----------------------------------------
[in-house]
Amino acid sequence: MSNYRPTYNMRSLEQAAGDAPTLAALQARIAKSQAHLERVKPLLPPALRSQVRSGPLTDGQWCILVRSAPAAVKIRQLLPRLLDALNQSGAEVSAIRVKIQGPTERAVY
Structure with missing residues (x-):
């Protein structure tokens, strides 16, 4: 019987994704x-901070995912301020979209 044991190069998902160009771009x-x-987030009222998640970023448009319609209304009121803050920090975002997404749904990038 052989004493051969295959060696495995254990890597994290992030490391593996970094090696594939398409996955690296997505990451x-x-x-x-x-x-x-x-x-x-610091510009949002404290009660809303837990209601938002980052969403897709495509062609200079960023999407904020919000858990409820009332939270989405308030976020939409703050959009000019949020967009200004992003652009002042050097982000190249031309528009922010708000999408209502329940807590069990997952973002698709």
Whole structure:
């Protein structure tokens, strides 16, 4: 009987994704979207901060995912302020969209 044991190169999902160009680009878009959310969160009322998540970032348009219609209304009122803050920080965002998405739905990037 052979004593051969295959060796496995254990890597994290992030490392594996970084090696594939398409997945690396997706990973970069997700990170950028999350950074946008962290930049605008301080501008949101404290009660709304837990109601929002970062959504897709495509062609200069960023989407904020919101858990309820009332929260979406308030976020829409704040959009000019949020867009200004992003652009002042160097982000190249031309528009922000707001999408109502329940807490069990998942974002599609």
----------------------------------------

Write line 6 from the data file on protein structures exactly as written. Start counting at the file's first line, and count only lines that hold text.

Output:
């Protein structure tokens, strides 16, 4: 009987994704979207901060995912302020969209 044991190169999902160009680009878009959310969160009322998540970032348009219609209304009122803050920080965002998405739905990037 052979004593051969295959060796496995254990890597994290992030490392594996970084090696594939398409997945690396997706990973970069997700990170950028999350950074946008962290930049605008301080501008949101404290009660709304837990109601929002970062959504897709495509062609200069960023989407904020919101858990309820009332929260979406308030976020829409704040959009000019949020867009200004992003652009002042160097982000190249031309528009922000707001999408109502329940807490069990998942974002599609």